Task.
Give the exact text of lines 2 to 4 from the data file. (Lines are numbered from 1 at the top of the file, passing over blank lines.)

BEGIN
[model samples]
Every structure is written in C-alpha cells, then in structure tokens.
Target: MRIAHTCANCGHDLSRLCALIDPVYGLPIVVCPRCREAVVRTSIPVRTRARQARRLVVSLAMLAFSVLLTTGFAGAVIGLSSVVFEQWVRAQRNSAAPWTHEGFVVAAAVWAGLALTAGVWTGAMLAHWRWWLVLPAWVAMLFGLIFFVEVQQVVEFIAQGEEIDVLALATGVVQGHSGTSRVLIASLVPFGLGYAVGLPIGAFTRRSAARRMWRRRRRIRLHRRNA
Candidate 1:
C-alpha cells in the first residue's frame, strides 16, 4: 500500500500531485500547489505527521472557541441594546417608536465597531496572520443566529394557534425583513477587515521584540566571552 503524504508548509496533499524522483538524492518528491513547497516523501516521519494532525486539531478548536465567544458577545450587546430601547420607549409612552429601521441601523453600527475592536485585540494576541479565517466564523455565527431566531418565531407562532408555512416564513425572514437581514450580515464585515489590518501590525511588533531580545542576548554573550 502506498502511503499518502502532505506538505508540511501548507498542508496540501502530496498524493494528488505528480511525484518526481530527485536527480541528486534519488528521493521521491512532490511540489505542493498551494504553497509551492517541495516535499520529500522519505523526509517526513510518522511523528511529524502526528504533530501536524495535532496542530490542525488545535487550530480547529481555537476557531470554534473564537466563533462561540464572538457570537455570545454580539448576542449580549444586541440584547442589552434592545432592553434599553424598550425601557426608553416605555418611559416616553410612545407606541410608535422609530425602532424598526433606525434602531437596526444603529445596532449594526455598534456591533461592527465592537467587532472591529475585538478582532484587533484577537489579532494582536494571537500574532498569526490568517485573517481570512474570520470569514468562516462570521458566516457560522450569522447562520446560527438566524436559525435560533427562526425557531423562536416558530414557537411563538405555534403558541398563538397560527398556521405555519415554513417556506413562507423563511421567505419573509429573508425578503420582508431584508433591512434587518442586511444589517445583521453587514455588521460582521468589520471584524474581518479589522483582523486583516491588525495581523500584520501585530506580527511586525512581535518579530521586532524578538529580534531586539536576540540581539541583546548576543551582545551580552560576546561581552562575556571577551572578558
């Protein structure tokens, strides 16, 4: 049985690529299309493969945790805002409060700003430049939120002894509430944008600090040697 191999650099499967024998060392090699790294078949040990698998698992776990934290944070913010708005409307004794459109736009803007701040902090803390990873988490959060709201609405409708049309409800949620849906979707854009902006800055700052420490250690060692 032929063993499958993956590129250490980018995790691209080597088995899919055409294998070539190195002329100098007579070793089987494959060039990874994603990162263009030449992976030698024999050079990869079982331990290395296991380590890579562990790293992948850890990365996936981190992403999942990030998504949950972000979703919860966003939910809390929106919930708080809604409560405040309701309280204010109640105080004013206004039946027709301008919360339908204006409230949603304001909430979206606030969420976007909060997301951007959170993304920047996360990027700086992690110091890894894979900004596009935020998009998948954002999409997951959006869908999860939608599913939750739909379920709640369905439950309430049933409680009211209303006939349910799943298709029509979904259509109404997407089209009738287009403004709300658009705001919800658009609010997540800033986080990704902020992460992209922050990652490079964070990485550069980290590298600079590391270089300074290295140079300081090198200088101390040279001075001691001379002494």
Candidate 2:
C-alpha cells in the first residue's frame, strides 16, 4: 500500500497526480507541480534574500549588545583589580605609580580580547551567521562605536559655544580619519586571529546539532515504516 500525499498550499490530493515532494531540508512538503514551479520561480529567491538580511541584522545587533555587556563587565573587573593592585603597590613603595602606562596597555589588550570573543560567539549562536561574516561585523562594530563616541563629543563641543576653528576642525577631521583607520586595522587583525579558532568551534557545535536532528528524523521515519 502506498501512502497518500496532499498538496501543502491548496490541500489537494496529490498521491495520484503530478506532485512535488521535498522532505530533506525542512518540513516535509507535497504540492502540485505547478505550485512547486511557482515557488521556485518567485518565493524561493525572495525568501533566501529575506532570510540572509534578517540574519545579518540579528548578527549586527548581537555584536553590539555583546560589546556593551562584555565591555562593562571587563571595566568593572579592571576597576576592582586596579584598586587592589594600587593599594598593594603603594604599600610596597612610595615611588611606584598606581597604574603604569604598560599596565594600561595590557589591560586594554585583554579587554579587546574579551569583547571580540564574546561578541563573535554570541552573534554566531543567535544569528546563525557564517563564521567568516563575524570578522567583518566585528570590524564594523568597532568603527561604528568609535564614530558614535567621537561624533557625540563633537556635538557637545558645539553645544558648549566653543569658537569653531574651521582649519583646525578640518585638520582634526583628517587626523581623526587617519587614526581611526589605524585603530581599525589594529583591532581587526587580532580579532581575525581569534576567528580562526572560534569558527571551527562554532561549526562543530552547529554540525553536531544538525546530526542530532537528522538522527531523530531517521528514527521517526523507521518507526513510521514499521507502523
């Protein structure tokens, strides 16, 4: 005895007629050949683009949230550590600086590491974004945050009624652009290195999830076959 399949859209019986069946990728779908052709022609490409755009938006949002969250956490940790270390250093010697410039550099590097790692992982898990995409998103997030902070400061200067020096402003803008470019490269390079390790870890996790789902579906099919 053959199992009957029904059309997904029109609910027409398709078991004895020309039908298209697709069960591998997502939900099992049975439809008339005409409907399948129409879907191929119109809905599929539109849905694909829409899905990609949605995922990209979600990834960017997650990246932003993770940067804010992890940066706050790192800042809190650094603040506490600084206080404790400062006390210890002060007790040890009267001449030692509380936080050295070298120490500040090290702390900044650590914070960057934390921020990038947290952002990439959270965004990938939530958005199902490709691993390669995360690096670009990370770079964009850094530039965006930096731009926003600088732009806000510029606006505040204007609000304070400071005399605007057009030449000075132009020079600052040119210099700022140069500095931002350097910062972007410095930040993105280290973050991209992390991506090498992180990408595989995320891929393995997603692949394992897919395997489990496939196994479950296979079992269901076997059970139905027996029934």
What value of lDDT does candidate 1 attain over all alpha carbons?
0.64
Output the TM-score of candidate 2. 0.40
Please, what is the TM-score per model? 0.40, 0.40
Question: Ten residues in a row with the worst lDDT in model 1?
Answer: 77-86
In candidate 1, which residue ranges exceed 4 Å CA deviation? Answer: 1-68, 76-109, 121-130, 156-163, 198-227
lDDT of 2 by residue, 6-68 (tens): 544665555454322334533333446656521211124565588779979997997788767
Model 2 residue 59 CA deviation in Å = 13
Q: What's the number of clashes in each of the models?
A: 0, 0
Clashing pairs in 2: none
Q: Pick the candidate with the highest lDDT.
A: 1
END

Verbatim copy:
Every structure is written in C-alpha cells, then in structure tokens.
Target: MRIAHTCANCGHDLSRLCALIDPVYGLPIVVCPRCREAVVRTSIPVRTRARQARRLVVSLAMLAFSVLLTTGFAGAVIGLSSVVFEQWVRAQRNSAAPWTHEGFVVAAAVWAGLALTAGVWTGAMLAHWRWWLVLPAWVAMLFGLIFFVEVQQVVEFIAQGEEIDVLALATGVVQGHSGTSRVLIASLVPFGLGYAVGLPIGAFTRRSAARRMWRRRRRIRLHRRNA
Candidate 1: